by Glendon McGowan
Sign(s) of Life
Gallery 310, February 11th-15th, 2019
Sign(s) of life addresses and investigates the idea of physical space in relation to human encounter and interaction, within the environment of the beaches and shorelines of Lake Ontario that extend across Toronto’s southern boundary. Locations like these facilitate human experiences, and often are a retreat from the bustle of the downtown core. Once the crowds have gone, these spaces then return to their emptiness, taking on a set of ideas corresponding to their abandonment. The part of the spaces’ identities that is based on tourism and recreation begins to diminish, while their place in the surrounding environment is reconsidered.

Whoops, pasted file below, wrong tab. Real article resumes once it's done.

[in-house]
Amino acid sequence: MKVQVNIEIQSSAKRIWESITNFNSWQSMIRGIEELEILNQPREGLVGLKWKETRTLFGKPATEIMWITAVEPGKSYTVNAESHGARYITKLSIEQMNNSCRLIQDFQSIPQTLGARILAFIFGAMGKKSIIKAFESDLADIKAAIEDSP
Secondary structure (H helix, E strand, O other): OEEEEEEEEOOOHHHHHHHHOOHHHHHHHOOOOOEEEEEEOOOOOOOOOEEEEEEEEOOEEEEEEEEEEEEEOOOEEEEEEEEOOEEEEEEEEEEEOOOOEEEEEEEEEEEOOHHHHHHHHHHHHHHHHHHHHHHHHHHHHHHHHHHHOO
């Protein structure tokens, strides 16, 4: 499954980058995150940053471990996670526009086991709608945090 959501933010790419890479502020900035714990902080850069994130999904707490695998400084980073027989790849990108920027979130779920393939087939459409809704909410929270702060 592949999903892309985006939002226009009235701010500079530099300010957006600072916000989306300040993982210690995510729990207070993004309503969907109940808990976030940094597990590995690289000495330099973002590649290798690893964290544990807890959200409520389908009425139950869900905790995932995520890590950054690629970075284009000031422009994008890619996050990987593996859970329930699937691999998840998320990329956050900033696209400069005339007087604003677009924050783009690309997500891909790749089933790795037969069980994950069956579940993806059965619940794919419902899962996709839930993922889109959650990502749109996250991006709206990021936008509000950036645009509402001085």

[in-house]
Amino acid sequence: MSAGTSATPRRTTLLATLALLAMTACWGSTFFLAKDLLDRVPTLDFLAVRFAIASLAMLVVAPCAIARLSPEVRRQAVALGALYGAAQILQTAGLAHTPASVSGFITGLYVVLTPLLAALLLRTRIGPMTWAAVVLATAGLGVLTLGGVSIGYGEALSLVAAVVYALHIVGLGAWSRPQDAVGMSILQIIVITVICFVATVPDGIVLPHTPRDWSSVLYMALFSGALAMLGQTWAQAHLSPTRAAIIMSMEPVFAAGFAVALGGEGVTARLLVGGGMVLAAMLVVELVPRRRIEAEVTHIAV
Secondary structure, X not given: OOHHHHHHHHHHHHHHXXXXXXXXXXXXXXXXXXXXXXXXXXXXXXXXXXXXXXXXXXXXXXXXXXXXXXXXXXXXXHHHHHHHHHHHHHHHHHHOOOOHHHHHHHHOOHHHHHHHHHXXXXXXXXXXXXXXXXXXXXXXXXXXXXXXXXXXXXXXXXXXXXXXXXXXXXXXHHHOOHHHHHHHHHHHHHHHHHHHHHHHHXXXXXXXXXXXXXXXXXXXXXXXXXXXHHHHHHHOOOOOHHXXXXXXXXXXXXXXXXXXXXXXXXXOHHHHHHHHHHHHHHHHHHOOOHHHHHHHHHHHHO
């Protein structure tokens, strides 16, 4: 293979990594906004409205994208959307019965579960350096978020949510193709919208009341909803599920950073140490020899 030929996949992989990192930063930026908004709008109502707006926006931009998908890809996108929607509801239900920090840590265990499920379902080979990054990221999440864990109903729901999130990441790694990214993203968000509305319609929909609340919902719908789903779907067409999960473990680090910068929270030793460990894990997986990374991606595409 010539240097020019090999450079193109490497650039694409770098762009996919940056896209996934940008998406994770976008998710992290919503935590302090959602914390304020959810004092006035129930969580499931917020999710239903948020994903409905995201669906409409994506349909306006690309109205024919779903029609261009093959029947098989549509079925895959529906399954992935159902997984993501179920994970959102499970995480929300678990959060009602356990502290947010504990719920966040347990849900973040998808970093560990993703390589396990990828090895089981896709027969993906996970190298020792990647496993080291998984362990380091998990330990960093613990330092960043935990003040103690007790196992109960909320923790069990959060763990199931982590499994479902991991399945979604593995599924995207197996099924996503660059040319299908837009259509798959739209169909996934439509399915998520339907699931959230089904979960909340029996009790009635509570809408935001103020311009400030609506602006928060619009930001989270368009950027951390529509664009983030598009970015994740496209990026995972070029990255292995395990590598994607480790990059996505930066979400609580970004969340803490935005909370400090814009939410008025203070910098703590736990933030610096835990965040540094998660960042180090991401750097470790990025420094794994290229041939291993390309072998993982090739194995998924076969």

Sign(s) of life seeks to understand how elements within the landscape can influence our interpretation of a space as a whole. The images lack human presence, while at the same time they bring into focus the remnants and signs of a former human presence in the space. Our feeling that someone once inhabited this landscape, engaging in a space that is now empty and void, leaves us questioning the past and how we identify with it. Viewers are invited to engage with the images and make meaning around the interactions of past, present, and future in a space that is susceptible to constant change.